Archive for January, 2009

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There’s nothing better than a photo trip…

January 23, 2009

So why do I hate packing so much?¬† ūüėȬ† I’m getting ready to travel to Miami for a wedding shoot and then hopping on board the Norwegian Pearl for a Western Caribbean cruise.¬† Yep, some rest and relaxation while earning a living.¬† Not too bad for a week of work!¬† Clearly, the focus of the trip is the wedding.¬† The couple is very laid back and really looking for a good time – not a stuffy wedding to say the least!¬† The type of pictures they want is, of course, photo journalistic.¬† That is the term in wedding photography and has been for a long time.¬† Basically, keep your posed pictures to a minimum and focus on capturing the spontaneous events of the day. As a photographer you don’t want anyone to know you’re there as this will allow you to capture the “real” expressions and moments throughout the day.¬† I’ll post some of my images (with the couple’s approval) when I get back.

Besides the wedding, my partner Jen and I will be looking to beef up RTP’s stock image portfolio with landscapes, wildlife and anything else we can capture.¬† The ship stops in Roatan, Honduras, Belize, Cozumel and the cruise line’s private island.¬† Most of the excursions we’re taking allow us to maximize our photographic potential and we’re looking forward to capturing some amazing scenes.

I received an interesting email the other day from one of the stock agencies I use.¬† They were letting me know one of my images, a picture of a stethoscope in the shape of a heart, was used in a design contest submission.¬† A little legwork and I found the image is being used on the front cover of a French novel, Un Cancer, mon amour by Biliki publishers.¬† My French is a little rusty terrible so I’m not exactly sure what the novel is about besides someone’s fight against cancer, but it’s interesting to learn where some of my stock images are used.¬† I haven’t found a good way to discover more of my images in the “real world”.¬† If anyone knows how, I’d love to hear about it.

Another bit of news I somehow missed came from a fellow Nikonian, Tom Trujillo.  On October 8th, 2008 he was with a group of fellow Nikon photographers in Curry Village in Yosemite National Park when a landslide occurred destroying cabins and tents in the village and causing minor injuries to some folks.  Tom, instead of running away with everyone else, ran into the chaos and was able to pull a few children from the area.  Check out his interview with FoxNews, an article in the LA Times and the writeup in the Nikonians eZine.  His images were picked up by the Associated Press and published nationally.  Way to go, Tom, not for the images (although national publication is very sweet!), but for your reaction to people in need.  Nice work!

My suitcase is still open and unpacked with many of my clothes in the dryer.¬† It’s going to be a long night.¬† Stay tuned for some pictures when I return.

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Raw vs. JPEG…

January 14, 2009

A good friend of mine sent me a Facebook message asking about the differences between shooting raw files and shooting JPEG.¬† She just made the jump to digital (it’s about time!) when she received a Nikon D90 for Christmas from her (awesome) husband.¬† Talk about a great gift!¬† Most new digital photographers, including those with digital SLRs, start shooting JPEG because it’s easy to use and allows for more shots per memory card.¬† But I’m getting ahead of myself…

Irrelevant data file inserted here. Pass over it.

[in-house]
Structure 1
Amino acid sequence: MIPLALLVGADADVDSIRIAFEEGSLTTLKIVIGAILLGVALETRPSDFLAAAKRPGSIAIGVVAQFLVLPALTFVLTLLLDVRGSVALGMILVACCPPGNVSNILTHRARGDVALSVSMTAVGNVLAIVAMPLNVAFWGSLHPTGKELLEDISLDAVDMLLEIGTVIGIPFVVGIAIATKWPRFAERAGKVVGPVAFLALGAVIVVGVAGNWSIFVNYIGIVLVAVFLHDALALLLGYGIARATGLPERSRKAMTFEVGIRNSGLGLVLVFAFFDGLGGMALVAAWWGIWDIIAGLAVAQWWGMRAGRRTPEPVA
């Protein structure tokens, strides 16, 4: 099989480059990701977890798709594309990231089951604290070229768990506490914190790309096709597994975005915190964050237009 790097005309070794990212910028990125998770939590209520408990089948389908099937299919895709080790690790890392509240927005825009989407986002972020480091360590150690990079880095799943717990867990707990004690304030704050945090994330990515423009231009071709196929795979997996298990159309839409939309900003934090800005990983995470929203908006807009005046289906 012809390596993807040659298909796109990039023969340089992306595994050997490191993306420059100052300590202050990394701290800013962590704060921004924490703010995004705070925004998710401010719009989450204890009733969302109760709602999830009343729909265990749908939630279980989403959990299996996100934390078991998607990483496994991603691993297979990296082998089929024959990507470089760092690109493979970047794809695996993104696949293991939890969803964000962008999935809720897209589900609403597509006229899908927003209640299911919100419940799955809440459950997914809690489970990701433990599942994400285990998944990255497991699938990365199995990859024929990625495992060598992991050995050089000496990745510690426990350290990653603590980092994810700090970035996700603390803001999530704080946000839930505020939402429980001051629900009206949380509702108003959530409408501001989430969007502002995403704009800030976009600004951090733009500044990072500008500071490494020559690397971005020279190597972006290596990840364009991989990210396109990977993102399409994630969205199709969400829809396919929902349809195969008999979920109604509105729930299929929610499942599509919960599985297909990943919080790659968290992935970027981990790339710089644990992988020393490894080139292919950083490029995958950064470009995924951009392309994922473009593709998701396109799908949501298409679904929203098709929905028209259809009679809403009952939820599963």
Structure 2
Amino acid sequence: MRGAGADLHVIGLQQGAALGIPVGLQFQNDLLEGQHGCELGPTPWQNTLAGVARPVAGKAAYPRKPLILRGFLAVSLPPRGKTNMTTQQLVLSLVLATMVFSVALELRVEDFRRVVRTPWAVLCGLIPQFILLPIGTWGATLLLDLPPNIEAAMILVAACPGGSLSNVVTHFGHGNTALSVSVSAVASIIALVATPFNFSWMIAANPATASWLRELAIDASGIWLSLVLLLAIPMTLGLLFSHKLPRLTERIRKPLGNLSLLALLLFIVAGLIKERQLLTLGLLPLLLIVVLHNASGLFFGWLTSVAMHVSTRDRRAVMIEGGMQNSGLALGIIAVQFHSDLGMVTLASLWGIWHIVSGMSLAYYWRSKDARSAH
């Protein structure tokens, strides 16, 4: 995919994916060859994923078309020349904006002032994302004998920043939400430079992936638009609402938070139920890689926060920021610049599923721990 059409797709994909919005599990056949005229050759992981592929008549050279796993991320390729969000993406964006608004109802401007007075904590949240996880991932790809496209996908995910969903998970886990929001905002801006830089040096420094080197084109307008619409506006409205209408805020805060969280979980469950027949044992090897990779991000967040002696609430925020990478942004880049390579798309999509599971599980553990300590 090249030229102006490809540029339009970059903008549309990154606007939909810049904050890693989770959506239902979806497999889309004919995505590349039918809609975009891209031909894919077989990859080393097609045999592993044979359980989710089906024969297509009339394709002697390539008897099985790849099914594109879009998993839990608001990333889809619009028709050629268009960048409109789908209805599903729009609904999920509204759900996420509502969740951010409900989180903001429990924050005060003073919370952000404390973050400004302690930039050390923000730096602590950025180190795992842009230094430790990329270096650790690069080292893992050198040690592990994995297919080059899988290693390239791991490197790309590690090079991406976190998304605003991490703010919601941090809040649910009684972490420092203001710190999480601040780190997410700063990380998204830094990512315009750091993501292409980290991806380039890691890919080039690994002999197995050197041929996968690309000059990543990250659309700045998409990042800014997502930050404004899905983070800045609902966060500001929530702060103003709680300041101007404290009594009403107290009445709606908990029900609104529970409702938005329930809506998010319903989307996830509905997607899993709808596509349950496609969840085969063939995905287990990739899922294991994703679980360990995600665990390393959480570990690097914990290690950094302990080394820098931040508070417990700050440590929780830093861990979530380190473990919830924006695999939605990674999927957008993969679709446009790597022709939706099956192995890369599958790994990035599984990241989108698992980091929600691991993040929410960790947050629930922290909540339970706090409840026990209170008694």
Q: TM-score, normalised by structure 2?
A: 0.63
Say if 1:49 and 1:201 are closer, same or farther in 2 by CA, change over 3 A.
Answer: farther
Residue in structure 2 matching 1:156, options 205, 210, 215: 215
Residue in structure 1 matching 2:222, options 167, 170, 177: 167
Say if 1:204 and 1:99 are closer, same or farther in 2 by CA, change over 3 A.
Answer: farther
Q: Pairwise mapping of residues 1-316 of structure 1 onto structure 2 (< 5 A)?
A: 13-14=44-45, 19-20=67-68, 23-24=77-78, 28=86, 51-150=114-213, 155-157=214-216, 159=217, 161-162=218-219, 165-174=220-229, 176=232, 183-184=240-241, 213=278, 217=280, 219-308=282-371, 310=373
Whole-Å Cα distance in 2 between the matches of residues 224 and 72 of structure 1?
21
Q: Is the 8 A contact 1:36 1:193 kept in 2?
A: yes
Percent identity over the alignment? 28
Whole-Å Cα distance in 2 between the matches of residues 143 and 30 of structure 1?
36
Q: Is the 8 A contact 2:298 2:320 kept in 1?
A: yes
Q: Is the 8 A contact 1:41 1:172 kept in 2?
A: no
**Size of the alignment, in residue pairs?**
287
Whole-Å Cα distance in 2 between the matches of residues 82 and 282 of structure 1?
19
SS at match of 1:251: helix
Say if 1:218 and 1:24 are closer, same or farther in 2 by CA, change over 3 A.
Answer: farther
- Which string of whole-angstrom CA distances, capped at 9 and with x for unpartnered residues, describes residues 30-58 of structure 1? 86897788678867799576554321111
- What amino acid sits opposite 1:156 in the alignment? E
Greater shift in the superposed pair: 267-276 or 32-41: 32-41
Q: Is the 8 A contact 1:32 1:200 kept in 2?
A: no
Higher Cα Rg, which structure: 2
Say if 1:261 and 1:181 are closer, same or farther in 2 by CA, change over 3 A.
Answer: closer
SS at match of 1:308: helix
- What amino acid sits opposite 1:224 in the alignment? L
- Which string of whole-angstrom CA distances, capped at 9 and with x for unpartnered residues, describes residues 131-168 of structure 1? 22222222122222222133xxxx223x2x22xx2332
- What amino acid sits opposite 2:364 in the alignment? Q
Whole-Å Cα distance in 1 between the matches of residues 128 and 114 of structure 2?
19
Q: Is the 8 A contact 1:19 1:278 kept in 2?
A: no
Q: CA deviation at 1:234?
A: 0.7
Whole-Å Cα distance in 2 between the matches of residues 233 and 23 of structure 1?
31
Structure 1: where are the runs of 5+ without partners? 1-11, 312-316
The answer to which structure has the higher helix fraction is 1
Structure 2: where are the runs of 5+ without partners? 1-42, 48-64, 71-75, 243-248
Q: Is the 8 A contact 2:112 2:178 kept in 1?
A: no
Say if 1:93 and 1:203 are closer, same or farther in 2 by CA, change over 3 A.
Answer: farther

JPEG files are one of the many file formats used to represent images on a computer.¬† The JPEG standard was developed in the early 90s and was made a true “standard” in 1994.¬† One of the main features of a JPEG file is that it’s compressible and that the compression amount can be determined by the user.¬† Compression allows JPEGs to take up less space than other file formats.¬† This is why you’re often asked the quality of the JPEG when you save a file to your computer or in your camera.¬† Of course, once a JPEG is written at a quality less than 100%, that information is gone and you’re not able to recover.¬† JPEGs take up less space than other formats depending on the amount of quality/compression¬† you select.¬† JPEGs are common across most computer systems, in web browsers, picture frames, etc. and probably the most common image format today.

Raw files, on the other hand, are specific to each camera manufacturer.¬† Actually, there is at least one company, Adobe, makers of Photoshop and other applications, that created a standard raw file (the DNG file), but this is somewhat beyond the scope of this discussion.¬† The camera manufacturers create the file format and provide portions or all of the format to the software developers that create the processing software.¬† Raw files contain the raw data coming straight from the camera sensor (among other tidbits of information).¬† With raw files, you need more specialized software to read and “develop” these images into a standard format.

So, why would you shoot raw if it uses more space and is more difficult to use after downloading from the camera?¬† It all depends on the type of shooting you do.¬† Simply, raw files contain much more data than JPEG files.¬† Since raw files contain the actual information from the sensor, the images can be developed on the computer using different techniques and different settings.¬† JPEGs are developed in the camera.¬† They are created using the settings on the camera.¬† Settings like white balance, saturation, sharpening, etc. are used when the JPEG is created (developed) in the camera.¬† While some of the impact the setting has on the image can be adjusted after the file is created, you can never recreate the file from scratch using a JPEG.¬† The information simply isn’t there.¬† With a raw file, you can reprocess with different settings until you get the desired image.